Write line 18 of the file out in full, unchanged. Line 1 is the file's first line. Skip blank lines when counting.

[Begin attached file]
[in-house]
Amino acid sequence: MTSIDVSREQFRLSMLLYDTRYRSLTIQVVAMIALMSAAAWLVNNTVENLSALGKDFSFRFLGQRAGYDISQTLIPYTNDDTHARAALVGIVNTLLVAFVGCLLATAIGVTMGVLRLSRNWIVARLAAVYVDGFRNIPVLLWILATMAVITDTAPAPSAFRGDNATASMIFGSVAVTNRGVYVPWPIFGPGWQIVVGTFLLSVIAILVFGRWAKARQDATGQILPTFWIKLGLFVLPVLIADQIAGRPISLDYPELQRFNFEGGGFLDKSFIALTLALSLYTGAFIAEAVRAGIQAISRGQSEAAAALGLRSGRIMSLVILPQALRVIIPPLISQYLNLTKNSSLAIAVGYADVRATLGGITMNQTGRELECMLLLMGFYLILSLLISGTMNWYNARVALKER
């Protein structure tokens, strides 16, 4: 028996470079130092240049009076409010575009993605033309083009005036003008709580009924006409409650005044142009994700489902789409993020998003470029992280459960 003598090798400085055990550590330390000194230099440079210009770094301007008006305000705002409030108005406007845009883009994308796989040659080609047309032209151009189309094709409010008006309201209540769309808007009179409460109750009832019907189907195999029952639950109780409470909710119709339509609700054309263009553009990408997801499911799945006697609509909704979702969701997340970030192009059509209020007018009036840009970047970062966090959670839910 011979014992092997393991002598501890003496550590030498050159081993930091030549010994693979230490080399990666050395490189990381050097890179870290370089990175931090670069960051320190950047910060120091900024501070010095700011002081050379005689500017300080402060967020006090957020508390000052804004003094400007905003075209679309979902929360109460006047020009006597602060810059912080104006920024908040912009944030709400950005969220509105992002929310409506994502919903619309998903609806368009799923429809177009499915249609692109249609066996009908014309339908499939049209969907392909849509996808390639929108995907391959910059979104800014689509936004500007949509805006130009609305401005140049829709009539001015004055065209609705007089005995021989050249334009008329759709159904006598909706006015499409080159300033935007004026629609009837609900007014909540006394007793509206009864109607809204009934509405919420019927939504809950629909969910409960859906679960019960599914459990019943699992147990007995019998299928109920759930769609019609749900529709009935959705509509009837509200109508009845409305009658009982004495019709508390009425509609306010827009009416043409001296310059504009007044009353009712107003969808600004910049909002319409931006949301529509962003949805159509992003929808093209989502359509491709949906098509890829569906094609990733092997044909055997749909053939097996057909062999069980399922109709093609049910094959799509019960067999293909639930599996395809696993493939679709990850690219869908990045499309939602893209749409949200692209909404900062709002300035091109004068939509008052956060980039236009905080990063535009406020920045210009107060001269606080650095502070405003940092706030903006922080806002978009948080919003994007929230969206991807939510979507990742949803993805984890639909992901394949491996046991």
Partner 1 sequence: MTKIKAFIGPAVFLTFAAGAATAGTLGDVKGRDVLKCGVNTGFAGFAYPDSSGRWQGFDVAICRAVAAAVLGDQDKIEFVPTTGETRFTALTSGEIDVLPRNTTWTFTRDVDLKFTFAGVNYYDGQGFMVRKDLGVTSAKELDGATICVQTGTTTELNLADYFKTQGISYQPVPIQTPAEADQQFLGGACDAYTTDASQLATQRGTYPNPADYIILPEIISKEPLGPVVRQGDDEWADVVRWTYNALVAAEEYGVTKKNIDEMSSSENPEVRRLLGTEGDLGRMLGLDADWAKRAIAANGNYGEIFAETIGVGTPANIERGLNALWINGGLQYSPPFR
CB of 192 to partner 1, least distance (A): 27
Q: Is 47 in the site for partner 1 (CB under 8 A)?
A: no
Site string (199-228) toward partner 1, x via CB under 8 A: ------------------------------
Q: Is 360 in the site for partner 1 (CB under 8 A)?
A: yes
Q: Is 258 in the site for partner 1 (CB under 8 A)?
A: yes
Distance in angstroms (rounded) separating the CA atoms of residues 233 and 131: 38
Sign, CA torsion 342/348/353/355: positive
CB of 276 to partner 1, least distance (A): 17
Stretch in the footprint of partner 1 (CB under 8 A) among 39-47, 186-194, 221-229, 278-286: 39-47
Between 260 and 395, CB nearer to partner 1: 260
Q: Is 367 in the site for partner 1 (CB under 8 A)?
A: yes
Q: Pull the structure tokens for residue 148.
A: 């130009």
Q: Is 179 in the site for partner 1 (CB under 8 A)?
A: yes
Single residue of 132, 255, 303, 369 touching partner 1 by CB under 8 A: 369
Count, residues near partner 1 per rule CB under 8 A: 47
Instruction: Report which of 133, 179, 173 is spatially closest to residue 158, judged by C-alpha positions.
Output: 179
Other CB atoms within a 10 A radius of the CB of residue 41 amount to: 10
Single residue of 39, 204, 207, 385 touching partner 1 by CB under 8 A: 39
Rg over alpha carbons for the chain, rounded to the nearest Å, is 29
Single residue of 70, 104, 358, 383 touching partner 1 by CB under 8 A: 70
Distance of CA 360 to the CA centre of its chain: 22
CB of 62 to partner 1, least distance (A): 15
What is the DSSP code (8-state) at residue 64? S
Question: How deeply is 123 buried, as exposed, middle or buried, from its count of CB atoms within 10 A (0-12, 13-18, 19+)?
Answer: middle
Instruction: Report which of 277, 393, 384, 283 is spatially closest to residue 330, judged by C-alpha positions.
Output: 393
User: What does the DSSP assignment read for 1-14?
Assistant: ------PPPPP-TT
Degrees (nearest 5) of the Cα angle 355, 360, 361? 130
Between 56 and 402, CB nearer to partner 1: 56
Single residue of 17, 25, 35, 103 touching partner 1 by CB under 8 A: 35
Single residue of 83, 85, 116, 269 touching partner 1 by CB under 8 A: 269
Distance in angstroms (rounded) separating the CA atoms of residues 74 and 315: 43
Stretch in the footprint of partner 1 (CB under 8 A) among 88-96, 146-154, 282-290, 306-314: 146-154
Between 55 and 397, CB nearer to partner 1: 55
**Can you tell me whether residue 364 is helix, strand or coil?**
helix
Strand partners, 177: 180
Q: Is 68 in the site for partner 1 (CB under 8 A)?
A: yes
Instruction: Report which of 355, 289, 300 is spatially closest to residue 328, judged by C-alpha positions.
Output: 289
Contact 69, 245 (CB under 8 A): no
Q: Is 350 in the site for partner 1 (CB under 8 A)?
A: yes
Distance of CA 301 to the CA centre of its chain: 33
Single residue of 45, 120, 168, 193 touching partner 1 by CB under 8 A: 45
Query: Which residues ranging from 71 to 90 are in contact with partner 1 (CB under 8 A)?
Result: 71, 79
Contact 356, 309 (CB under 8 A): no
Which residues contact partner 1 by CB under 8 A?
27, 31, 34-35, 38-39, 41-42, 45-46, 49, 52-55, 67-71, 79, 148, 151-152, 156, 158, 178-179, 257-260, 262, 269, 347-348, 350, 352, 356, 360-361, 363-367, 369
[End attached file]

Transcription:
Q: Is 367 in the site for partner 1 (CB under 8 A)?